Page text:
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The Circus Elephant

Many years ago in England a circus elephant named Bozo was very popular with the public. Children especially loved to crowd around his cage and throw him peanuts. Then one day there was a sudden change in the elephant’s personality. Several times he tried to kill his keeper and when the children came near his cage he would charge toward them as if wanting to trample them to death. It was obvious he would have to be destroyed. The circus owner, a greedy and crude man, decided to stage a public execution of the animal. In this way, he could sell tickets and try to recoup some of the cost of losing such a valuable property. The day came and the huge circus tent was packed. Bozo, in his cage, was in the center ring. Nearby stood a firing squad with high-powered rifles. The manager, standing near the cage, was about ready to give the signal to fire, when out of the crowd came a short, inconspicuous man in a brown derby hat. “There is no need for this,” he told the manager quietly. The manager brushed him aside. “He is a bad elephant. He must die before he kills someone.” “You are wrong,” insisted the man. “Give me two minutes in the cage alone with him and I will prove you are wrong.” The manager turned and stared in amazement. “You will be killed,” he said. “I don’t think so,” said the man. “Do I have your permission?” The manager, being the kind of man he was, was not one to pass up such a dramatic spectacle. Even if the man were killed, the publicity alone would be worth millions. “All right,” he said, “but first you will have to sign a release absolving the circus of all responsibility.” The small man signed the paper.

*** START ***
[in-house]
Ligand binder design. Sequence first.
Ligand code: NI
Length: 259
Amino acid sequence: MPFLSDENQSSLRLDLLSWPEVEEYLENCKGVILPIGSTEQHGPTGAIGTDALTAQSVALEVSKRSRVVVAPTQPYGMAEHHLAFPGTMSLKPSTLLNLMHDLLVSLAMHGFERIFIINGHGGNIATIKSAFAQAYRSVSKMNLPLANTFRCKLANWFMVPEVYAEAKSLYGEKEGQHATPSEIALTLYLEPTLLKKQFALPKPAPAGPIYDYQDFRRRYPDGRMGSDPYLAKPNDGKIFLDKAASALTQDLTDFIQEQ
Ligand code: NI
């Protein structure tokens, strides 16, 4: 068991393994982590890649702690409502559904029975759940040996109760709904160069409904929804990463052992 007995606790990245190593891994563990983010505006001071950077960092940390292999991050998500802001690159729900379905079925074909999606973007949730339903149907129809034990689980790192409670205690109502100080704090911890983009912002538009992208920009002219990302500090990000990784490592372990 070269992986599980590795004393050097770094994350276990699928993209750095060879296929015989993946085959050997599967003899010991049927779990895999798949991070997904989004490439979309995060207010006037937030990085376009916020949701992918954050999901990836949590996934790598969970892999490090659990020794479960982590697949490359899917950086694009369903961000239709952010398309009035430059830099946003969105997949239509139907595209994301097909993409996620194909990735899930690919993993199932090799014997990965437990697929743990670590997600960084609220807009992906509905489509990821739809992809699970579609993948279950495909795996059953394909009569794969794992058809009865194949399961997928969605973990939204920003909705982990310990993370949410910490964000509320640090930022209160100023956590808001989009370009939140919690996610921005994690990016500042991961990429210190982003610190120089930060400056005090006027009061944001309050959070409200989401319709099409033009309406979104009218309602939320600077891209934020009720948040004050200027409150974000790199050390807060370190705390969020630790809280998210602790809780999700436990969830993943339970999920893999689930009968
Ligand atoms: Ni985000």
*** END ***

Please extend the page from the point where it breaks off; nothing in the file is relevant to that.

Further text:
As he removed his coat and hat, preparing to enter the cage, the manager told the people what was about to happen. A hush fell over the crowd. The door to the cage was unlocked, the man stepped inside, then the door was locked behind him. At the sight of this stranger in his cage the elephant threw back his trunk, let out a might roar, then bent his head preparing to charge. The man stood quite still, a faint smile on his face as he began to talk to the animal. The audience was so quiet that those nearest the cage could hear the man talking but couldn’t make out the words; he seemed to be speaking some foreign language. Slowly, as the man continued to talk, the elephant raised his head. Then the crowd heard an almost piteous cry from the elephant as his enormous head began to sway gently from side to side. Smiling, the man walked confidently to the animal and began to stroke the long trunk. All aggression seemed suddenly to have been drained from the elephant. Docile as a pup now he wound his trunk around the man’s waist and the two walked slowly around the ring. The astounded audience could bear the silence no longer and broke out in cheers and clapping.

After a while the man bade farewell to the elephant and left the cage. “He’ll be all right now,” he told the manager. “You see, he’s an Indian elephant and none of you spoke his language, Hindustani. I would advise you to get someone around here who speaks Hindustani. He was just homesick.” And with that the little man put on his coat and hat and left. The astounded manager looked down at the slip of paper in his hand. The name the man had signed was Rudyard Kipling.

Bits and Pieces, Dec. 1991, pp. 19-23